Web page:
Dr. Tanzi states that, by breaking down proteins and lipids, ozone pollution can lead to inflammation and sensitivity.

On a Scale From 1–10, How Concerned Should You Be About Pollution?

Teen Vogue’s article went on to say that air pollution is more problematic for those with oily skin because sebum behaves a lot like a lipid (fat), and “That oil essentially behaves as a breeding ground for the toxins in the air.”

The phrase “breeding ground” caught our attention as potentially inaccurate. After all, pollutants aren’t living organisms capable of independent thought, much less a nefarious agenda. And, aside from the hundreds of wire hangers that inexplicably appear in the back of your closet, there’s no proof that inanimate matter is able to multiply.

To understand the potential consequences that daily exposure to pollutants could have on your complexion, we wanted to ask someone outside of the beauty industry about the behavior of airborne particles and ground ozone gases.

We reached out to MarieJeanne deForet, a former environmental chemist with almost two decades of experience monitoring chemicals in the air, water, and soil—and what effects they can have. While the focus of her research was on a larger scale, MarieJeanne was skeptical that airborne particles could cause a significant level of damage to your skin.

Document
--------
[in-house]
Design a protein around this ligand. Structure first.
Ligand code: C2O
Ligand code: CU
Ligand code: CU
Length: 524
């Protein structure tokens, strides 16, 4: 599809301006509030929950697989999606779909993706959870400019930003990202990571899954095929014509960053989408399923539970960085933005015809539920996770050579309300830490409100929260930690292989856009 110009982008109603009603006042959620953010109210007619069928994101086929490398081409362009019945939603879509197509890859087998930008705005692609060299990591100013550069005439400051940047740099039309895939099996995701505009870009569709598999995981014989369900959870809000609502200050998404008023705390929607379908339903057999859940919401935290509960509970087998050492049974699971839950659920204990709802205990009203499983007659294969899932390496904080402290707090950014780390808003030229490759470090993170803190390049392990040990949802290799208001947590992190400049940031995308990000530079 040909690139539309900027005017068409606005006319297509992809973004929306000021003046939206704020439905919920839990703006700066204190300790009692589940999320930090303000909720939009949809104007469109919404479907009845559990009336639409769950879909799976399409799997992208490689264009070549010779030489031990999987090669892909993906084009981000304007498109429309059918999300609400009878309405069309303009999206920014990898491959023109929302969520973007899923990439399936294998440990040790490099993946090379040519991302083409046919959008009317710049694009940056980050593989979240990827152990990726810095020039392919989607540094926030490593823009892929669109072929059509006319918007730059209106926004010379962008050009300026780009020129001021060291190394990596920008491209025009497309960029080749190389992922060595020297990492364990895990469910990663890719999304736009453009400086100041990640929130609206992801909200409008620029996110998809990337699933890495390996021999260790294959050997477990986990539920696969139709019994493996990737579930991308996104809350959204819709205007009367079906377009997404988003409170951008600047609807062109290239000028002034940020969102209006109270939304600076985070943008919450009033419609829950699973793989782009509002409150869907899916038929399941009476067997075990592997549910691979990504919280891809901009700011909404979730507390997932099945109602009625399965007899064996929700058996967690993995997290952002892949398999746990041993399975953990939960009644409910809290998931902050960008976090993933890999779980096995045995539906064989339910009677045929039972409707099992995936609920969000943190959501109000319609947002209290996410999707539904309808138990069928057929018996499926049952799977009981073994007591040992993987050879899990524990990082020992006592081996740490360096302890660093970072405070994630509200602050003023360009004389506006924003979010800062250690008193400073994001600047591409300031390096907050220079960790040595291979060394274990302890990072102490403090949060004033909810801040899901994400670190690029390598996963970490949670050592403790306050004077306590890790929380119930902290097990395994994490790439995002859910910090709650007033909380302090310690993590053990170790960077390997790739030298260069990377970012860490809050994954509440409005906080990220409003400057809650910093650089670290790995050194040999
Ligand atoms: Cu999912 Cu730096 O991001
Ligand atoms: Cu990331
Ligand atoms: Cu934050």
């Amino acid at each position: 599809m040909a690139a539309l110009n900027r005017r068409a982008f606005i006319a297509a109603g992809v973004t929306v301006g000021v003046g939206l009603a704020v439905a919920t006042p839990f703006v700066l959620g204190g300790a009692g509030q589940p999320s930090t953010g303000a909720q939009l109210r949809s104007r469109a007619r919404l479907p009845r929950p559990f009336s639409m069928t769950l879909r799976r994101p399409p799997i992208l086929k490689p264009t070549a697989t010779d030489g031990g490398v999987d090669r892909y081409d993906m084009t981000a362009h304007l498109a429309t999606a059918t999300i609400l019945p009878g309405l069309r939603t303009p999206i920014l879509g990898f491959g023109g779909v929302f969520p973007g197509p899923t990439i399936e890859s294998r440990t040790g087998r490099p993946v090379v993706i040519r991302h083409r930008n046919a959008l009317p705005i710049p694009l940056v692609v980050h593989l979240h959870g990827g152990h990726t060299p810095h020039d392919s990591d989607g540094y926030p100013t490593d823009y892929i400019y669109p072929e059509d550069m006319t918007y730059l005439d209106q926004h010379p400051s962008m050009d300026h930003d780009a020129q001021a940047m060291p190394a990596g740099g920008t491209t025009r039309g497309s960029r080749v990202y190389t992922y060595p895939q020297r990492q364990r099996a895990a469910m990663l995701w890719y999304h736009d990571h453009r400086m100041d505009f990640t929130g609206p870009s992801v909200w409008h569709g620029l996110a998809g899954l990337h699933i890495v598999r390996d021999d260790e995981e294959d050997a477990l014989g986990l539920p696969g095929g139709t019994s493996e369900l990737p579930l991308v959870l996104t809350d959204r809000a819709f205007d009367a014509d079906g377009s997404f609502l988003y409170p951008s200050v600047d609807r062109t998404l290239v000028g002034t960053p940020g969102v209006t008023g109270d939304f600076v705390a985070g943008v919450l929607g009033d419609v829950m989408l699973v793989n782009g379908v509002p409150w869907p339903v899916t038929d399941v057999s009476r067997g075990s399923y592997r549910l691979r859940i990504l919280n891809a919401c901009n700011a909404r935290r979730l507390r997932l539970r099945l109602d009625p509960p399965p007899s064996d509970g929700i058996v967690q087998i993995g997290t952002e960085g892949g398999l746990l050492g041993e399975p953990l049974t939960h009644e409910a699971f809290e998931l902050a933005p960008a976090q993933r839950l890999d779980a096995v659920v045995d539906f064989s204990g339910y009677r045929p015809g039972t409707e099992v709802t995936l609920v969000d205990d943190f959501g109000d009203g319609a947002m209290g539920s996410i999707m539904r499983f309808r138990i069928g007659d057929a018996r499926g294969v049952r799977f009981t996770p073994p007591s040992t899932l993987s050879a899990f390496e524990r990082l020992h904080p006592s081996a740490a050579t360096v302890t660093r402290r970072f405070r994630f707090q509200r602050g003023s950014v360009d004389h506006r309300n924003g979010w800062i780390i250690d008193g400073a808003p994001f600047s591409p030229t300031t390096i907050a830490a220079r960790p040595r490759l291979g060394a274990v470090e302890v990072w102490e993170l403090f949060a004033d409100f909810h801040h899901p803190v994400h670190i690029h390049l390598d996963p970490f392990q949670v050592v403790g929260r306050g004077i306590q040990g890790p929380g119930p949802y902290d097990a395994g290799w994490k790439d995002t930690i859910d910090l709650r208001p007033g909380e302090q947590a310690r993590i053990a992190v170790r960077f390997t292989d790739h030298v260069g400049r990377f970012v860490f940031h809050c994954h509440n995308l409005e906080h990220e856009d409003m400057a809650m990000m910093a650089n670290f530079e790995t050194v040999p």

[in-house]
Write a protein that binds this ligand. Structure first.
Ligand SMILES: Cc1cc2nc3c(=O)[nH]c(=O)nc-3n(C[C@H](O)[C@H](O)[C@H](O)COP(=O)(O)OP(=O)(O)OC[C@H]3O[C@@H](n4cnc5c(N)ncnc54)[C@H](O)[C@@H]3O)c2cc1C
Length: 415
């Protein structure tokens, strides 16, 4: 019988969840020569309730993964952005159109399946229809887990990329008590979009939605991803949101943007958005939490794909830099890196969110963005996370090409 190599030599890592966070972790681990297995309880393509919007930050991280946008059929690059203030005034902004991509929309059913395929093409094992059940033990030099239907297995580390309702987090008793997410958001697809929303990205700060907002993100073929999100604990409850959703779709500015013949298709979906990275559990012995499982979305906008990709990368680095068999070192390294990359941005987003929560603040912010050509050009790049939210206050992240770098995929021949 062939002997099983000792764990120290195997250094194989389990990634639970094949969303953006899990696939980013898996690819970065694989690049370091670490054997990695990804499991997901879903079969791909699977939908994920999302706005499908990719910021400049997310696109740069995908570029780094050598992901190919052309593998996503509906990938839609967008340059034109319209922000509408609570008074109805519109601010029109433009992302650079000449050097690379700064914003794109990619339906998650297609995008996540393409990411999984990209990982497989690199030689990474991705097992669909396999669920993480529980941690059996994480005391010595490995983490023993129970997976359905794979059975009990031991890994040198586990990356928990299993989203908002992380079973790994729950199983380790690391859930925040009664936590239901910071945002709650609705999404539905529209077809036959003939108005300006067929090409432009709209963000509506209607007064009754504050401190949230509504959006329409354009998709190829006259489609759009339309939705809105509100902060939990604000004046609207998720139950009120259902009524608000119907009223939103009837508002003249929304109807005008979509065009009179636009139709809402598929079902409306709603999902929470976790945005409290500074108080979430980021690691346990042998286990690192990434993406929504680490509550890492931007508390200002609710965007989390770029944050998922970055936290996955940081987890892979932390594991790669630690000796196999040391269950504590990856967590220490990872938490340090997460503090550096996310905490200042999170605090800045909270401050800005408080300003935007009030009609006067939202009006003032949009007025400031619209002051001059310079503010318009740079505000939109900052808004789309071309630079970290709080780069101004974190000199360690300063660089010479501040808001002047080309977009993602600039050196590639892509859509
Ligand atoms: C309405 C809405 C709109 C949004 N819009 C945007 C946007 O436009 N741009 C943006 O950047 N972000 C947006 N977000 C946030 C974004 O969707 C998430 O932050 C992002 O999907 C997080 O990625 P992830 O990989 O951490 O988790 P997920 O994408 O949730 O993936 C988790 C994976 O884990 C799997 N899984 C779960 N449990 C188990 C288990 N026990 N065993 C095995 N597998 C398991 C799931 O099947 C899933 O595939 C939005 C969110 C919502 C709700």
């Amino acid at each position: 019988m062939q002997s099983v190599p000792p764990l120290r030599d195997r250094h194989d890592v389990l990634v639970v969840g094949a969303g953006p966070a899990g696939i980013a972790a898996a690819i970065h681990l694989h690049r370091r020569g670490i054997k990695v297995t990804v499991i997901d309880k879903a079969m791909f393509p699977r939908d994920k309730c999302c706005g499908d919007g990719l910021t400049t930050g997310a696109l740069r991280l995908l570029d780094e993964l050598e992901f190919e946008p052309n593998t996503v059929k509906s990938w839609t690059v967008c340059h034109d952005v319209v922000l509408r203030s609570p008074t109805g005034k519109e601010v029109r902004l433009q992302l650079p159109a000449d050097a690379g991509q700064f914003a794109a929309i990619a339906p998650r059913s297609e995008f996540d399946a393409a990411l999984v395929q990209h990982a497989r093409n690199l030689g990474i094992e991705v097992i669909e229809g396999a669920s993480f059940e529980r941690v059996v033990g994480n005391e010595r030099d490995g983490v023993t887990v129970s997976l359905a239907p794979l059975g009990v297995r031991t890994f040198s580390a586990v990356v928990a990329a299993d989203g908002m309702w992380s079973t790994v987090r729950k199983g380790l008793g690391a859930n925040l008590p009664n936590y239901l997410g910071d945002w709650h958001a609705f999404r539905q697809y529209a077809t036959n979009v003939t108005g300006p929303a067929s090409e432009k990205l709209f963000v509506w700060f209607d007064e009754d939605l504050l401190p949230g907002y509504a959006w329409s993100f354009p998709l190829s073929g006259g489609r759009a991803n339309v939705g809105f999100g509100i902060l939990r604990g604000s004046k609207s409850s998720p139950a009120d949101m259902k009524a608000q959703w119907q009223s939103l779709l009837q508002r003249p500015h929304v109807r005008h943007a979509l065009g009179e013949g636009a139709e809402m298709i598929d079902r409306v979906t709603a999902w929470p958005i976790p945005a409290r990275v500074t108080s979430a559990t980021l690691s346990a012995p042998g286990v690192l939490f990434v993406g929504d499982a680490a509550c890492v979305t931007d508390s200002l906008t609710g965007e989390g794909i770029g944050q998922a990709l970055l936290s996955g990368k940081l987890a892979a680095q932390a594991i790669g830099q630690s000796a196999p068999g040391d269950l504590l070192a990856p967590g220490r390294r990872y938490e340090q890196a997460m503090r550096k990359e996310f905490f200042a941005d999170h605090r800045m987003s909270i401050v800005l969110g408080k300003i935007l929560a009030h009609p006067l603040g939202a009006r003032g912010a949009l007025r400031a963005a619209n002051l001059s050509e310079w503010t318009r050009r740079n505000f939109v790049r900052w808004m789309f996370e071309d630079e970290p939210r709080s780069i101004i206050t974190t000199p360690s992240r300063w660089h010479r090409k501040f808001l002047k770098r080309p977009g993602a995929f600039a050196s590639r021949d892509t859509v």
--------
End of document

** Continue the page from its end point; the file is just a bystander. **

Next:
“If you were exposed to these pollutants in a bubble, trapping particles next to your skin, there might be cause for concern,” she said. “However, when you’re walking around, the long-term effects to your epidermis are negligible.”

When asked specifically about some of the claims in Teen Vogue’s story, MarieJeanne said it was her opinion that the article was putting a marketing spin on science, “taking things that are true, and combining them in a way that gives a false impression—or, at the very least, is stretching it.”

Want to learn more? Check out Think that Clinical Study is Legit? 4 Steps for Identifying Fake Science.

That there’s no immediate need for panic was seconded by Dr. Gilly Munavalli, medical director of Dermatology, Laser & Vein Specialists of the Carolinas in Charlotte, N.C, in an interview with The New York Times. “Particulate matter, the tiny harmful particles in the air, attach to the skin as you go about your day. But it isn’t immediately damaging.”